I recently stumbled across several articles about using "partial derivative maps" rather than normal maps - i.e. altering the surface normals using the partial derivatives of the heightmap rather than using the normals directly. This seems really powerful to me, as partial derivatives are a lot easier to work with for things like combining multiple normal maps, correcting stretching/scaling issues, etc. And according to this article, if you use partial derivatives you don't have to store tangent space vectors.

The article talks about "perturbing" the surface normal by the surface gradient and links to a paper by Morten Mikkelsen for details of the math behind it. Unfortunately, the link is broken, and I can't find any other links to the paper online. Could someone explain exactly what is going on with this process, or link to a paper that explains it? Is it "correct" in the sense that on a surface with orthogonal s and t surface vectors (not sure what to call these) it will produce the same result as tangent space normal mapping?

I made an attempt at implementing... something (apparently not this since it didn't end up working and I ended up calculating a form of the tangent space), but I had problems with seams across triangles. My technique goes something like this:

1) Find the s and t "vectors" - the direction in space (screen space in my case) in which s and t are increasing. These will NOT necessarily be orthogonal (if the texture is skewed), but that's okay. The magnitudes of these vectors represents the size the texture is scaled to. So basically, this is reconstructing a non-orthogonal tangent space with the "z" vector being the triangle's face normal. Call these T and B.

2) Orthogonalize T and B with respect to N, but do this separately for each of them. That is:

T' = T - N*(T . N)

B' = B - N*(B . N)

and then scale them back up to their original magnitudes. So now you have a non-orthogonal tangent space, TBN.

3) Apply the derivative map. If D is the vector of partial derivatives from the normal map, then:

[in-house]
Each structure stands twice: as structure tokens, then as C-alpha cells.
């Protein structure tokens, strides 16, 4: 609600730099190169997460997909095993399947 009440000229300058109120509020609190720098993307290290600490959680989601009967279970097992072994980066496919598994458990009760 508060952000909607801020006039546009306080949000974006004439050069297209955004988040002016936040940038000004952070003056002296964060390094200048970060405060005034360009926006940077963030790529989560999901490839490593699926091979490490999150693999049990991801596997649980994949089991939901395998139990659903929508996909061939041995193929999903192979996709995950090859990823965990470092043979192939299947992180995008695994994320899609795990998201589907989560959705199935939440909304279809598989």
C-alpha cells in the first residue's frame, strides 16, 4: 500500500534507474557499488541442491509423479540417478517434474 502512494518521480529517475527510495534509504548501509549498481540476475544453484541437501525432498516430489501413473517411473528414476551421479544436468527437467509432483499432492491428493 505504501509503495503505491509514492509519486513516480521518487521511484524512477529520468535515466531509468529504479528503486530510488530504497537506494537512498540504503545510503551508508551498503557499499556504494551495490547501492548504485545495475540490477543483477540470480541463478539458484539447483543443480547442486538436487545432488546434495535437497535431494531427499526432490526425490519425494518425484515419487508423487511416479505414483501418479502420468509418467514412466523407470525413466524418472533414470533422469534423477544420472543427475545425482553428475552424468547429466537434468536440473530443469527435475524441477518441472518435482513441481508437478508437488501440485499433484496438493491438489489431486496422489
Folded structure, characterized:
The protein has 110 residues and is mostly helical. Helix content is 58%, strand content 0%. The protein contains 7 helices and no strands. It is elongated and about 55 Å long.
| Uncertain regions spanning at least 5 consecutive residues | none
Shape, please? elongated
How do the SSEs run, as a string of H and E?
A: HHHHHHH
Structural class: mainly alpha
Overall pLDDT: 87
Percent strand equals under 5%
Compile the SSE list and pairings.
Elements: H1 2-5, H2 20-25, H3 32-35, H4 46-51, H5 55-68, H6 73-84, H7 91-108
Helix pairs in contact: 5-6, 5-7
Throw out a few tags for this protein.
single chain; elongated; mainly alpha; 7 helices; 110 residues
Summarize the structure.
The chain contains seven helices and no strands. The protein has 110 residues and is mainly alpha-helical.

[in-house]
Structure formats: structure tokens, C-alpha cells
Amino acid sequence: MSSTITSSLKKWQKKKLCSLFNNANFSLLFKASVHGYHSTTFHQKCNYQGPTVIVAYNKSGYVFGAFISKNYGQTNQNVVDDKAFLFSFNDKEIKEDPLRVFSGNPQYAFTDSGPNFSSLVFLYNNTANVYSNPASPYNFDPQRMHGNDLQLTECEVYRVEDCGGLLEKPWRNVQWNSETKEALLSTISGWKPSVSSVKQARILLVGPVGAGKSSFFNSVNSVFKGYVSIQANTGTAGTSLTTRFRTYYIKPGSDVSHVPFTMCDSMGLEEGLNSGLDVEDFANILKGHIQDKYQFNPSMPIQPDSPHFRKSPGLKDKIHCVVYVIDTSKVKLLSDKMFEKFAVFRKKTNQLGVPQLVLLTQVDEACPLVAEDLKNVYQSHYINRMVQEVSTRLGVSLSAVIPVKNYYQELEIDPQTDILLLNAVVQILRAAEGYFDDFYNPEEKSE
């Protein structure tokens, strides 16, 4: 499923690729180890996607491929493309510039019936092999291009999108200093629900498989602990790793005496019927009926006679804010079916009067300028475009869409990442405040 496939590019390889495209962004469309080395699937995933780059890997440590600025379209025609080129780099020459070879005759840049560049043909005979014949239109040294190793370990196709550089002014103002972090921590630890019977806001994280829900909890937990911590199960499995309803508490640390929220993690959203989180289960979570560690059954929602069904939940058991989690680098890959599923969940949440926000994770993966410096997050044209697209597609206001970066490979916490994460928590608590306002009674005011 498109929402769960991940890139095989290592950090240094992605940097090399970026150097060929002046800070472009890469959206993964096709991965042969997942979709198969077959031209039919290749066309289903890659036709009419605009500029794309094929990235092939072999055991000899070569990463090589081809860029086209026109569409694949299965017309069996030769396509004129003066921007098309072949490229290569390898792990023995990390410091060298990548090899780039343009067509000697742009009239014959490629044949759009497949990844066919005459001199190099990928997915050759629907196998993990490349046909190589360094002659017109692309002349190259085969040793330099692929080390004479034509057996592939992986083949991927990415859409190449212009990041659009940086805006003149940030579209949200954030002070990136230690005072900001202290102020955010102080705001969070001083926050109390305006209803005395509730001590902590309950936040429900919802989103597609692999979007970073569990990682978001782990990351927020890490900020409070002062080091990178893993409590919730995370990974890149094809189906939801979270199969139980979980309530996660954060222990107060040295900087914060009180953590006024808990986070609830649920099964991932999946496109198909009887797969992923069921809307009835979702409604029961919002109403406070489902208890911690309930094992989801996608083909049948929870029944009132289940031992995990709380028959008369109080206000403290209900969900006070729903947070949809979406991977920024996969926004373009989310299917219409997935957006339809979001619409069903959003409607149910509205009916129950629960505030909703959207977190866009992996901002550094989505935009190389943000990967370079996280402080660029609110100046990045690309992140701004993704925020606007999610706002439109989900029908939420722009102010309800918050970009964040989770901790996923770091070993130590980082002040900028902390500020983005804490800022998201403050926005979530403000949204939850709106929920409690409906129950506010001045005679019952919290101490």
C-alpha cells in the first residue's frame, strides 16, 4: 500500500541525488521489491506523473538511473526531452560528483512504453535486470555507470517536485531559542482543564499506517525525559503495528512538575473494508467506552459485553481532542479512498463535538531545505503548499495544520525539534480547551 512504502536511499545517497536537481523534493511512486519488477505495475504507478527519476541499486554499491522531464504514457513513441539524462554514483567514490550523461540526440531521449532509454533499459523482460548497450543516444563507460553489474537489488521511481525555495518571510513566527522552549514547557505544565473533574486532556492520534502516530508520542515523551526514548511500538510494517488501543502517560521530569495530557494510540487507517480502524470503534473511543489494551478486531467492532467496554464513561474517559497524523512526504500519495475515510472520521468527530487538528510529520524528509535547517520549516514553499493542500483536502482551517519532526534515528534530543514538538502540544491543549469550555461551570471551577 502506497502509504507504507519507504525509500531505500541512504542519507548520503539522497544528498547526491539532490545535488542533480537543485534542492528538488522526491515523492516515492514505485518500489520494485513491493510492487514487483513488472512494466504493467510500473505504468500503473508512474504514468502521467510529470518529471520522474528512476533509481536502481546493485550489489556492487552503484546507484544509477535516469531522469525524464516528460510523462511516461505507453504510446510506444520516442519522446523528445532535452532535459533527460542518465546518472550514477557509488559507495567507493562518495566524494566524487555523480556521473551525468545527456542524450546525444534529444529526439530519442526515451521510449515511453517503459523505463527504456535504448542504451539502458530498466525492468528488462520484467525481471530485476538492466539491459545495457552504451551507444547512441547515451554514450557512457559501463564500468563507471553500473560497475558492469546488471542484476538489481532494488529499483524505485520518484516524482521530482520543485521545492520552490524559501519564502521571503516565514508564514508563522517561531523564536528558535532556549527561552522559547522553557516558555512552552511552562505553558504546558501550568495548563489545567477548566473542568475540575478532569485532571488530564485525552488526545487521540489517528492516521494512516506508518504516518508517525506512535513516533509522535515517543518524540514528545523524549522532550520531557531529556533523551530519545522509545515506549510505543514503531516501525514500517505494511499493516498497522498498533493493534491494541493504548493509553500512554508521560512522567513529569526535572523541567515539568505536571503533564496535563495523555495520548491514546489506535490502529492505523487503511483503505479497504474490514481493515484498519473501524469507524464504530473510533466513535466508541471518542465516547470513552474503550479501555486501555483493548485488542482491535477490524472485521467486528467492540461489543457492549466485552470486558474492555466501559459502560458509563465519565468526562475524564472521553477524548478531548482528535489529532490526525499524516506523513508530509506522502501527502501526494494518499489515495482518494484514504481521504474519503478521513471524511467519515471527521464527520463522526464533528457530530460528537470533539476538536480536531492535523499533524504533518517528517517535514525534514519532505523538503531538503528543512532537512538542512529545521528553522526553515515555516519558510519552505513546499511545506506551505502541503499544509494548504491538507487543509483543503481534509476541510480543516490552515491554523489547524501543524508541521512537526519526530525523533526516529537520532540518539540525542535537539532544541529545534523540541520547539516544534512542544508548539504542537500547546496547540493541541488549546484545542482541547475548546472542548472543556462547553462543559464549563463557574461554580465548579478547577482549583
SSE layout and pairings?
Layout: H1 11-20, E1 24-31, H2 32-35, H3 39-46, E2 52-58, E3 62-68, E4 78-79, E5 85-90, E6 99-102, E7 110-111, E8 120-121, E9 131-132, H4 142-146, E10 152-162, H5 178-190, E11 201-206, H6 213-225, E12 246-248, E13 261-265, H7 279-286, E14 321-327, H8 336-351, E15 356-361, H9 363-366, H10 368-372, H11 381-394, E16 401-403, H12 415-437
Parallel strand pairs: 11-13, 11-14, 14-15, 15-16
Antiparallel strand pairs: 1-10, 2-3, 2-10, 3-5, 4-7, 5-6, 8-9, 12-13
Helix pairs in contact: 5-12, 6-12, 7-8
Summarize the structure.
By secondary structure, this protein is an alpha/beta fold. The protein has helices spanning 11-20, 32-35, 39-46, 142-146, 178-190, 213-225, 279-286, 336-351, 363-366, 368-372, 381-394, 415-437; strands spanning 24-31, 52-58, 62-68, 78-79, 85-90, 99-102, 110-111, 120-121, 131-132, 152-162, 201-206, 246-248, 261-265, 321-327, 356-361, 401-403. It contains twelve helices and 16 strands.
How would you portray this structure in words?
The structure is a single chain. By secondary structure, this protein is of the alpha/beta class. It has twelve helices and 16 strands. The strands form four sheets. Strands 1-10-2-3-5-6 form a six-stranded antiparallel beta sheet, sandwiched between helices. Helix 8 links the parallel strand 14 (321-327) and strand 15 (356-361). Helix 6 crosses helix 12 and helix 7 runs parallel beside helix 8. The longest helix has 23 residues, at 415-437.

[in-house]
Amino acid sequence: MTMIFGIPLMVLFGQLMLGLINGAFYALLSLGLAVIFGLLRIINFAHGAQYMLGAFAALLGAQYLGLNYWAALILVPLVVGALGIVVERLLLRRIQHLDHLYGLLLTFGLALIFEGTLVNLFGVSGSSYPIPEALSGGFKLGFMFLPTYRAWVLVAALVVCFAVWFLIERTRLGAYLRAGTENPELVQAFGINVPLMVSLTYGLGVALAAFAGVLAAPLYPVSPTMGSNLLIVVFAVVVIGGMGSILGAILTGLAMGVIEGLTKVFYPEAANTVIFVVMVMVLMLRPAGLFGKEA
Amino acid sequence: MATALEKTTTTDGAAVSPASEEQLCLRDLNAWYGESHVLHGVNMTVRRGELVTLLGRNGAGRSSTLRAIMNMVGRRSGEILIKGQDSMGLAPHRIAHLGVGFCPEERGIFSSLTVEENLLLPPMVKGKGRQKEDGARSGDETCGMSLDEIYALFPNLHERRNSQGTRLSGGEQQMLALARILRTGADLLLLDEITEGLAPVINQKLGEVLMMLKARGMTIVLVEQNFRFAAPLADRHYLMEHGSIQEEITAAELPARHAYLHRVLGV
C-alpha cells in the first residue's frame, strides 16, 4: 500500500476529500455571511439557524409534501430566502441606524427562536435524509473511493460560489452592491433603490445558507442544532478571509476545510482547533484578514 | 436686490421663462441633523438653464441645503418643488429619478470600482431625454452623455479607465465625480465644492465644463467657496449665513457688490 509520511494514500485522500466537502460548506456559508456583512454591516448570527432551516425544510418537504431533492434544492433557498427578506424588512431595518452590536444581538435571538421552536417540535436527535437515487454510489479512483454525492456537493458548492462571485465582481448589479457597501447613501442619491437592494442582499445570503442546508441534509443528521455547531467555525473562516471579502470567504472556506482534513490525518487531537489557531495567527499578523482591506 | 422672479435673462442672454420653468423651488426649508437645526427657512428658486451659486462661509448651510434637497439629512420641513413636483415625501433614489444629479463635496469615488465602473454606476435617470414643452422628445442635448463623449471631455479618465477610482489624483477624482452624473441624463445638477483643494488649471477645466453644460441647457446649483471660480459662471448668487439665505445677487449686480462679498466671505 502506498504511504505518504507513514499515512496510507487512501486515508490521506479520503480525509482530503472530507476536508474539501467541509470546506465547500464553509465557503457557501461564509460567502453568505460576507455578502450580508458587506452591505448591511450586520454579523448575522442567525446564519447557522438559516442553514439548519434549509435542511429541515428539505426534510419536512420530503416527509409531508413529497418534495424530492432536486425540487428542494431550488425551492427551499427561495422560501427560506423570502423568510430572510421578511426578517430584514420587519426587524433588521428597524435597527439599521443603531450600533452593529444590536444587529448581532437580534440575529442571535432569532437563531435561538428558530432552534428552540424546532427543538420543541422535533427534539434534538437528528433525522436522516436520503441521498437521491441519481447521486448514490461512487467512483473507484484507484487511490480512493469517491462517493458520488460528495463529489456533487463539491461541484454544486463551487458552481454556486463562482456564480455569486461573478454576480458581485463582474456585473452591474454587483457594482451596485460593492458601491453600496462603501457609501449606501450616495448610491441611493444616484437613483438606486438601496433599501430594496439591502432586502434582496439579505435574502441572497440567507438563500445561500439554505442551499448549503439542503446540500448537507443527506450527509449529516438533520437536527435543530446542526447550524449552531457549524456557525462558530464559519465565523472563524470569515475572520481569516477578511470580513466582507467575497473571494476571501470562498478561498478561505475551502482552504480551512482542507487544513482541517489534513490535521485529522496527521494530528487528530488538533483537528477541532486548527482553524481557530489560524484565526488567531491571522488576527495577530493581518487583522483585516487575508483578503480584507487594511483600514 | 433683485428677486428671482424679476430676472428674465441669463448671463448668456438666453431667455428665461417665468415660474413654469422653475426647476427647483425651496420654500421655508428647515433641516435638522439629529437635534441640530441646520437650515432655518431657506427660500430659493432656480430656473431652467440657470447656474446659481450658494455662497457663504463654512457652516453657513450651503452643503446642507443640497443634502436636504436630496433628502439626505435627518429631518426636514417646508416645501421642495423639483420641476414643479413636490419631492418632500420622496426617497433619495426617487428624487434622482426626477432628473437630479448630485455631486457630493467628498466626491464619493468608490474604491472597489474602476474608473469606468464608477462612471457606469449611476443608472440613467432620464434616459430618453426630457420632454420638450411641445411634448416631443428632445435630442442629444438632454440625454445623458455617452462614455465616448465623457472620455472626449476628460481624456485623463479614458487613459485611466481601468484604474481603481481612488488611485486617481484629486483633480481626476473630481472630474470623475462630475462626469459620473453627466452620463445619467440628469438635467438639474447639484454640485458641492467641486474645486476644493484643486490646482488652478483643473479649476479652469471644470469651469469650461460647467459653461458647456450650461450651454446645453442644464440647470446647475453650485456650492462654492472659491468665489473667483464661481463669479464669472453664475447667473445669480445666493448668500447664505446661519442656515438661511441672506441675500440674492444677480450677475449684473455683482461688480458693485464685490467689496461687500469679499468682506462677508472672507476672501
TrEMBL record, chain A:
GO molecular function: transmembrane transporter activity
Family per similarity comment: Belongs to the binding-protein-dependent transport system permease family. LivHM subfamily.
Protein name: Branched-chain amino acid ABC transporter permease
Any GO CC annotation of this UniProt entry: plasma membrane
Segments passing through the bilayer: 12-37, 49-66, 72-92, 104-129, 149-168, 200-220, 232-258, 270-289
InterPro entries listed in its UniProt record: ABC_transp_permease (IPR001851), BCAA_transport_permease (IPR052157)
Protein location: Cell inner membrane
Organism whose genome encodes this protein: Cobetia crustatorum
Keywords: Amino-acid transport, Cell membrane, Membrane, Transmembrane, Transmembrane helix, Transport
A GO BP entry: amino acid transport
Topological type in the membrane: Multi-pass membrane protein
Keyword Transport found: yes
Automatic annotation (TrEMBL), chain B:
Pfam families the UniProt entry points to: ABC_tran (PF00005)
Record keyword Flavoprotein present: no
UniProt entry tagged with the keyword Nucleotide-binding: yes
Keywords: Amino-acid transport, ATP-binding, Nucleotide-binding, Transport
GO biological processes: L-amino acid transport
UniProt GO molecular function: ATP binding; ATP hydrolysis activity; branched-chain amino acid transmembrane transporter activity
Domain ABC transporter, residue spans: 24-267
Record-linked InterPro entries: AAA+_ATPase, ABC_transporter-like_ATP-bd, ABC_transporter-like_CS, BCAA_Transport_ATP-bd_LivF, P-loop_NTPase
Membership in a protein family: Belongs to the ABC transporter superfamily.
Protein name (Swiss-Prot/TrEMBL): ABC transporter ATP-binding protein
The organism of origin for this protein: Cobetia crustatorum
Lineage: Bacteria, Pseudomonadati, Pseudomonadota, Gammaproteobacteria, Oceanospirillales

Dx' = T' + N*Dx

Dy' = B' + N*Dy

N = normalize( cross( Dx', Dy' ) )

So you treat Dx and Dy as being the partial derivatives in the non-orthogonal tangent space (i.e. the change in N along T' and B') and then take the cross product of Dx' and Dy' to get the normal.

Unfortunately, this technique causes seams across triangles when the T and B vectors "change sharply" (unless it's because I messed up my math). I was hoping that since I was using the "true" tangent space with derivatives (not an orthgonalized one, which technically doesn't produce the true normals if the texture is skewed) this wouldn't be the case, but I guess this technique would still require tangent space "averaging".

What I don't understand is how the normal perturbing method, or ANY method, could possibly work without some form of smoothing/averaging going on across triangles. The article I linked to talks about perturbing by the surface gradient. But if the s and t vectors "sharply" changed across an edge, wouldln't the gradient also sharply change and cause a noticeable edge?

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2 replies to this topic

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#1
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Posted 07 November 2012 - 06:41 PM

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#2
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Posted 07 November 2012 - 07:30 PM

Is this the paper you were looking for?

http://www.slideshare.net/hodgman/bump-mapping-unparametrized-surfaces-on-the-gpu

http://www.slideshare.net/hodgman/bump-mapping-unparametrized-surfaces-on-the-gpu